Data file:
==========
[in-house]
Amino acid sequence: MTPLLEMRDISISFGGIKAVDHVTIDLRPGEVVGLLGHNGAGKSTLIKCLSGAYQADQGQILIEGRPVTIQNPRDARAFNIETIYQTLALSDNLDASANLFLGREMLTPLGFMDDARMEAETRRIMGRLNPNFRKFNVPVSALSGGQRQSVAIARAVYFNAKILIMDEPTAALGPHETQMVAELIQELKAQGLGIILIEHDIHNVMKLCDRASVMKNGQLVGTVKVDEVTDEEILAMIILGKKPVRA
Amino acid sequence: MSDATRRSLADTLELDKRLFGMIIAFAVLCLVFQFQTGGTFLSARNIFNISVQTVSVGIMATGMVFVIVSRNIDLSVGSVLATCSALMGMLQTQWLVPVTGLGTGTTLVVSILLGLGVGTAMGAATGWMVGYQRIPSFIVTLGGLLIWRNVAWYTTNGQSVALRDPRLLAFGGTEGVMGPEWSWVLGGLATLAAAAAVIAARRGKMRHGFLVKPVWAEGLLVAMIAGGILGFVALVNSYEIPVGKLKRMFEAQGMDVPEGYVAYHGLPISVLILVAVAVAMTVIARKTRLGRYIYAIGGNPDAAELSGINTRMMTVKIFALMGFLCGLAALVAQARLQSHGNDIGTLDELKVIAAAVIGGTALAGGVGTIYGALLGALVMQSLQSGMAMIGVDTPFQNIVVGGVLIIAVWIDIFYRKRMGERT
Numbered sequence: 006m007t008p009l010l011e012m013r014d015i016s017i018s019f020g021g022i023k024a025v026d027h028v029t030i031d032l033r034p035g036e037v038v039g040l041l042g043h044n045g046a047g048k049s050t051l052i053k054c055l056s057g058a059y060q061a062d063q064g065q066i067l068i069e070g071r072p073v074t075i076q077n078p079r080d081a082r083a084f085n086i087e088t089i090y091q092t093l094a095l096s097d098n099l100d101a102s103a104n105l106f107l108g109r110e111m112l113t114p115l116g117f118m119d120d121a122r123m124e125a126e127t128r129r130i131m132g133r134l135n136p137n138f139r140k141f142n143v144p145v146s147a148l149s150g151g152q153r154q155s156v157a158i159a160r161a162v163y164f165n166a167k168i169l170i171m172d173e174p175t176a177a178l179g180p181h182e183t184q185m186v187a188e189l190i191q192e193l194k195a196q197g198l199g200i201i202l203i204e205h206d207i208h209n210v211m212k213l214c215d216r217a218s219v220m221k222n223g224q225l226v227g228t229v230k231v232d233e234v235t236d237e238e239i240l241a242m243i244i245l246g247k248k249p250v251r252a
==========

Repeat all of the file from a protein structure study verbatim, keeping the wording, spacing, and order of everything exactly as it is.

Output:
[in-house]
Amino acid sequence: MTPLLEMRDISISFGGIKAVDHVTIDLRPGEVVGLLGHNGAGKSTLIKCLSGAYQADQGQILIEGRPVTIQNPRDARAFNIETIYQTLALSDNLDASANLFLGREMLTPLGFMDDARMEAETRRIMGRLNPNFRKFNVPVSALSGGQRQSVAIARAVYFNAKILIMDEPTAALGPHETQMVAELIQELKAQGLGIILIEHDIHNVMKLCDRASVMKNGQLVGTVKVDEVTDEEILAMIILGKKPVRA
Amino acid sequence: MSDATRRSLADTLELDKRLFGMIIAFAVLCLVFQFQTGGTFLSARNIFNISVQTVSVGIMATGMVFVIVSRNIDLSVGSVLATCSALMGMLQTQWLVPVTGLGTGTTLVVSILLGLGVGTAMGAATGWMVGYQRIPSFIVTLGGLLIWRNVAWYTTNGQSVALRDPRLLAFGGTEGVMGPEWSWVLGGLATLAAAAAVIAARRGKMRHGFLVKPVWAEGLLVAMIAGGILGFVALVNSYEIPVGKLKRMFEAQGMDVPEGYVAYHGLPISVLILVAVAVAMTVIARKTRLGRYIYAIGGNPDAAELSGINTRMMTVKIFALMGFLCGLAALVAQARLQSHGNDIGTLDELKVIAAAVIGGTALAGGVGTIYGALLGALVMQSLQSGMAMIGVDTPFQNIVVGGVLIIAVWIDIFYRKRMGERT
Numbered sequence: 006m007t008p009l010l011e012m013r014d015i016s017i018s019f020g021g022i023k024a025v026d027h028v029t030i031d032l033r034p035g036e037v038v039g040l041l042g043h044n045g046a047g048k049s050t051l052i053k054c055l056s057g058a059y060q061a062d063q064g065q066i067l068i069e070g071r072p073v074t075i076q077n078p079r080d081a082r083a084f085n086i087e088t089i090y091q092t093l094a095l096s097d098n099l100d101a102s103a104n105l106f107l108g109r110e111m112l113t114p115l116g117f118m119d120d121a122r123m124e125a126e127t128r129r130i131m132g133r134l135n136p137n138f139r140k141f142n143v144p145v146s147a148l149s150g151g152q153r154q155s156v157a158i159a160r161a162v163y164f165n166a167k168i169l170i171m172d173e174p175t176a177a178l179g180p181h182e183t184q185m186v187a188e189l190i191q192e193l194k195a196q197g198l199g200i201i202l203i204e205h206d207i208h209n210v211m212k213l214c215d216r217a218s219v220m221k222n223g224q225l226v227g228t229v230k231v232d233e234v235t236d237e238e239i240l241a242m243i244i245l246g247k248k249p250v251r252a